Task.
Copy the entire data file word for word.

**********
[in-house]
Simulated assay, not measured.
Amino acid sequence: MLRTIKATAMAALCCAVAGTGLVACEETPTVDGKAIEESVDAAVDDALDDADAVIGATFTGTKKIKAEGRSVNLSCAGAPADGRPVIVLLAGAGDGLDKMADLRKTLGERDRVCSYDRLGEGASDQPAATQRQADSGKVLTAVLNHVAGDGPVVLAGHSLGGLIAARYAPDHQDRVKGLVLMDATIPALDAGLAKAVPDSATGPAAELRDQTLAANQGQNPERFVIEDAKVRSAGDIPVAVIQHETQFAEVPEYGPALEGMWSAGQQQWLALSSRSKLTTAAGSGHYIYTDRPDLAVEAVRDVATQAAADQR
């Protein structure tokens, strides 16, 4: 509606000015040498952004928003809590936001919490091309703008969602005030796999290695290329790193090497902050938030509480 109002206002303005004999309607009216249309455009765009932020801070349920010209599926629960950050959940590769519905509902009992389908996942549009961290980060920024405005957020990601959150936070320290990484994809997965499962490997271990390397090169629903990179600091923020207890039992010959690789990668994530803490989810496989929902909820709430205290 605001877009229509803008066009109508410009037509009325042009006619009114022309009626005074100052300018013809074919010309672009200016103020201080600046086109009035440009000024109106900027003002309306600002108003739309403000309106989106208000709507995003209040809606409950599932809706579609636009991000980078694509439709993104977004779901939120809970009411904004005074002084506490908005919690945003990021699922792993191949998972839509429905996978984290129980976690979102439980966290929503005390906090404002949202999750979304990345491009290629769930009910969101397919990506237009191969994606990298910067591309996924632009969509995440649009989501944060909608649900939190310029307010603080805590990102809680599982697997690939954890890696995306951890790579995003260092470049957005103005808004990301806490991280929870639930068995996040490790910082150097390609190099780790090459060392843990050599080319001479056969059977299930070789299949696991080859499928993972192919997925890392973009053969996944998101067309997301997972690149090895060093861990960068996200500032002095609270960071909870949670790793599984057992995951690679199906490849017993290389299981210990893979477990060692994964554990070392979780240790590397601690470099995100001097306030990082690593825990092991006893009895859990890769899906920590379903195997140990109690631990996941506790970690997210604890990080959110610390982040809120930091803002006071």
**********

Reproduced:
[in-house]
Simulated assay, not measured.
Amino acid sequence: MLRTIKATAMAALCCAVAGTGLVACEETPTVDGKAIEESVDAAVDDALDDADAVIGATFTGTKKIKAEGRSVNLSCAGAPADGRPVIVLLAGAGDGLDKMADLRKTLGERDRVCSYDRLGEGASDQPAATQRQADSGKVLTAVLNHVAGDGPVVLAGHSLGGLIAARYAPDHQDRVKGLVLMDATIPALDAGLAKAVPDSATGPAAELRDQTLAANQGQNPERFVIEDAKVRSAGDIPVAVIQHETQFAEVPEYGPALEGMWSAGQQQWLALSSRSKLTTAAGSGHYIYTDRPDLAVEAVRDVATQAAADQR
């Protein structure tokens, strides 16, 4: 509606000015040498952004928003809590936001919490091309703008969602005030796999290695290329790193090497902050938030509480 109002206002303005004999309607009216249309455009765009932020801070349920010209599926629960950050959940590769519905509902009992389908996942549009961290980060920024405005957020990601959150936070320290990484994809997965499962490997271990390397090169629903990179600091923020207890039992010959690789990668994530803490989810496989929902909820709430205290 605001877009229509803008066009109508410009037509009325042009006619009114022309009626005074100052300018013809074919010309672009200016103020201080600046086109009035440009000024109106900027003002309306600002108003739309403000309106989106208000709507995003209040809606409950599932809706579609636009991000980078694509439709993104977004779901939120809970009411904004005074002084506490908005919690945003990021699922792993191949998972839509429905996978984290129980976690979102439980966290929503005390906090404002949202999750979304990345491009290629769930009910969101397919990506237009191969994606990298910067591309996924632009969509995440649009989501944060909608649900939190310029307010603080805590990102809680599982697997690939954890890696995306951890790579995003260092470049957005103005808004990301806490991280929870639930068995996040490790910082150097390609190099780790090459060392843990050599080319001479056969059977299930070789299949696991080859499928993972192919997925890392973009053969996944998101067309997301997972690149090895060093861990960068996200500032002095609270960071909870949670790793599984057992995951690679199906490849017993290389299981210990893979477990060692994964554990070392979780240790590397601690470099995100001097306030990082690593825990092991006893009895859990890769899906920590379903195997140990109690631990996941506790970690997210604890990080959110610390982040809120930091803002006071």